What if Faf du Plessis had latched on to that loopy catch in the slips to get Rohit Sharma out? What if the half-chances offered by Indian batsmen in the beginning of their run chase against South Africa ended up in the hands of the close-in fielders? What if the Proteas had 25 runs more on board? What if they had a better bowler to support Chris Morris and the inspired Kagiso Rabada?
Well, these what ifs get dumped from memory immediately after a heart-warming result. But the real fun in any sport is the presence of these possibilities and their probable impact on the outcome. The catch by du Plessis could have left India tottering in the vicious opening overs on Wednesday. With Shikhar Dhawan gone after a few more deliveries and Virat Kohli not long after, a wicket more could have left India in serious trouble. Similar was the case with the half-chances. But then all sport carry an element of luck and uncertainty. The best make the most of them. Poor teams fail to ride on them to success.
India, it goes without saying, made most of their chances like true champions in their first encounter in this World Cup. South Africa, on the other hand, displayed all the traits of a loser. First, the inability of the team to plan an innings and build long partnerships was amply evident all over again. Top order batsman van der Dussen went for a reverse sweep to Yuzvendra Chahal, a shot totally uncalled for at that stage of the match. At 78 for two, the focus should have been to consolidate the innings, not play fancy shots.
You cannot blame luck when your approach is plain stupid. When the top batters are back in the pavilion and the bowling is tough to negotiate, the simple task is to hang around and take your chances with loose deliveries when they present themselves. The idea of rotating strikes and accumulating runs through singles and twos may appear old school in the age of T20s, but they are still relevant when the going gets tough out there. The bowlers displayed great combativeness and application to defend a measly 227-run target. The same sense of application from batsmen could have made the Proteas look better after two defeats.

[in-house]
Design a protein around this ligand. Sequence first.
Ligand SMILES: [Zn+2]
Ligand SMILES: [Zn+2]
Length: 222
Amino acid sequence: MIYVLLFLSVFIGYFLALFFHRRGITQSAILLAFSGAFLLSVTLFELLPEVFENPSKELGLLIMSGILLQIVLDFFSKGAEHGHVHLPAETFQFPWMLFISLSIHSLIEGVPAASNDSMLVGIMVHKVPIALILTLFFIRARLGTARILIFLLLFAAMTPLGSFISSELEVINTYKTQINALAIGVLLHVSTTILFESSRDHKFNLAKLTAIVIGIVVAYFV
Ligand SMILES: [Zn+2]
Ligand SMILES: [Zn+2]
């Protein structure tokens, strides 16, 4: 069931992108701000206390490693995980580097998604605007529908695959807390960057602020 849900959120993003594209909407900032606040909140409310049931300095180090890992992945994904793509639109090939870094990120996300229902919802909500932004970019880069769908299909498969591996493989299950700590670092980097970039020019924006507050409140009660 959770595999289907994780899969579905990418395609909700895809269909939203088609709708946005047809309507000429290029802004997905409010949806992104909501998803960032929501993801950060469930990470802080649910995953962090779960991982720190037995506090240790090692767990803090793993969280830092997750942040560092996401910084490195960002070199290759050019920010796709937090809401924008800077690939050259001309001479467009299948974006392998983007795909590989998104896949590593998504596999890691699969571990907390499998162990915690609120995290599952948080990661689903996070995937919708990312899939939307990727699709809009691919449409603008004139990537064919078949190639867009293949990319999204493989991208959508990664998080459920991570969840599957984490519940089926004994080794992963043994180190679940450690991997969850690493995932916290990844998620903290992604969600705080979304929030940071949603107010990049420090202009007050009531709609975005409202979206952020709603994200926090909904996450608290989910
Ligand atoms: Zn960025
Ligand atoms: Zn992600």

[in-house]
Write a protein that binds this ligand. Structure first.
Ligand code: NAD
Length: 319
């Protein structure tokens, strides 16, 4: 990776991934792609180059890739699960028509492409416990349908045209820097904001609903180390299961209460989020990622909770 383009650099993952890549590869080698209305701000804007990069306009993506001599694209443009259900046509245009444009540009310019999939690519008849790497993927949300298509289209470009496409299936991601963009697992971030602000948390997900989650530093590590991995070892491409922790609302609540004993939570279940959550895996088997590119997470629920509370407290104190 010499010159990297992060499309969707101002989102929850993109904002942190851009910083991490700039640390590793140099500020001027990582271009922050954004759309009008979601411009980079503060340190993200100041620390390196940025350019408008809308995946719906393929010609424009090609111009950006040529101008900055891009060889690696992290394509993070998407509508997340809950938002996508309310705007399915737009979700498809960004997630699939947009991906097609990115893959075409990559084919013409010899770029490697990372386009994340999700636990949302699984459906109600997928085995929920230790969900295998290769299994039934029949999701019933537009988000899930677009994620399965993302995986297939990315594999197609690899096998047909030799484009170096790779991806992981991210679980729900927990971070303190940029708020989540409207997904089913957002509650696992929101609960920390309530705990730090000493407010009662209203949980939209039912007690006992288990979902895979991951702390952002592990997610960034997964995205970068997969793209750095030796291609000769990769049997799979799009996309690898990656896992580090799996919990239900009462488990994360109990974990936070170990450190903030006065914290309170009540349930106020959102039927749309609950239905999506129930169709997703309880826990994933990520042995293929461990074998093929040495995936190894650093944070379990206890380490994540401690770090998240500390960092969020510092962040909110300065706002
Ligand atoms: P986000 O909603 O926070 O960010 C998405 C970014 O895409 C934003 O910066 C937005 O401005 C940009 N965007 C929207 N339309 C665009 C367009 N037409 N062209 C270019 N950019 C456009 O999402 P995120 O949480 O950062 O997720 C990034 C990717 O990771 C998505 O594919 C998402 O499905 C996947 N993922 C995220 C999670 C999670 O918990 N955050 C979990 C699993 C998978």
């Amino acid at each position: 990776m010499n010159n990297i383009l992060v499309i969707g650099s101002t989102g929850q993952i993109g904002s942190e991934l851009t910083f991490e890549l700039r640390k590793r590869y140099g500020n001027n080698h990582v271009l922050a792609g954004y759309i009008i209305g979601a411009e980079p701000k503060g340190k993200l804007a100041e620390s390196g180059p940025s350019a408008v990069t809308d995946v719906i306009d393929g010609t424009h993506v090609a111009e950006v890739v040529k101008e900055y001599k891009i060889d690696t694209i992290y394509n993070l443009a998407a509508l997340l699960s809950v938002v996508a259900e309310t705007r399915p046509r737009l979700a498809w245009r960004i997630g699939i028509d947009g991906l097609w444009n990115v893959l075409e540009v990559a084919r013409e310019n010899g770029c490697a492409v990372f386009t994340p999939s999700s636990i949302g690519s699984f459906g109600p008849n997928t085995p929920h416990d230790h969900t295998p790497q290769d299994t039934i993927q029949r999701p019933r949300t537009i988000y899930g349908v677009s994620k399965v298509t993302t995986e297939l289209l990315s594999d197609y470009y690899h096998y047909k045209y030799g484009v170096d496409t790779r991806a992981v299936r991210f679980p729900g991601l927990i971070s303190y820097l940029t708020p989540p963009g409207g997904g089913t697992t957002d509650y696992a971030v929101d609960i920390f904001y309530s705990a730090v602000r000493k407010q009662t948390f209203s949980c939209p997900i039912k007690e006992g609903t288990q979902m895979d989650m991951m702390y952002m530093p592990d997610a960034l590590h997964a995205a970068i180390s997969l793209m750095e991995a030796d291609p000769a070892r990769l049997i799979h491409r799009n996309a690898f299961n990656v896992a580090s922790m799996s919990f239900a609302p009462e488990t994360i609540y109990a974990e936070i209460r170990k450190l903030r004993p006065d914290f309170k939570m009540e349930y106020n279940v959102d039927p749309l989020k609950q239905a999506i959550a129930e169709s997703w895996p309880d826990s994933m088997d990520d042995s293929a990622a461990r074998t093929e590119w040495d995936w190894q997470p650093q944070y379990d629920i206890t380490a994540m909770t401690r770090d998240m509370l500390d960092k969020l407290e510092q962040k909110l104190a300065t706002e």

They could have studied the knock by Rohit Sharma a bit harder if they were serious about making a strong come back in the World Cup. With some ferocious bowling from Rabada in particular and Chris Morris in the initial overs, the Indian opener’s strategy was to weather the storm and carry on. In the end, it was an innings of immense grit and character. Virat Kohli was not off the mark when he said it was one of Rohit’s best knocks. Take out that century from the equation, and India would appear fragile. But that is how things are. Just one person is required to stand up to the challenge and the rest falls in place.
On a lively wicket, it was a contest between the bowling units of both sides. Both acquitted themselves well. The Indian attack, spear-headed by Jasprit Bumrah, and ably backed by the other pacers and spinners Yuzvendra Chahal and Kuldeep Yadav, choked the South African batting by making free-flowing stroke play a high-risk affair. This was particularly true of the spinners controlling the middle of the innings. Bumrah, as usual, was unplayable on a wicket that offered bounce and lateral movement and Bhubaneswar was his controlled self.
The South African bowlers were all fire and brimstone from the word go. The fact that they made India struggle till the 48th over in a low run chase speaks volumes about their quality. If they had a Dale Stein or a Lungi Ngidi around, the result could have been different. The same bowlers could have delivered success to South Africa if they had 25 runs more to defend. The blame rests solely on the lacklustre performance of their batters.
In the final count, the better team won the contest. India must be credited with conducting themselves with great maturity. Hope they carry on like this and make the what ifs a matter of wisdom in hindsight.
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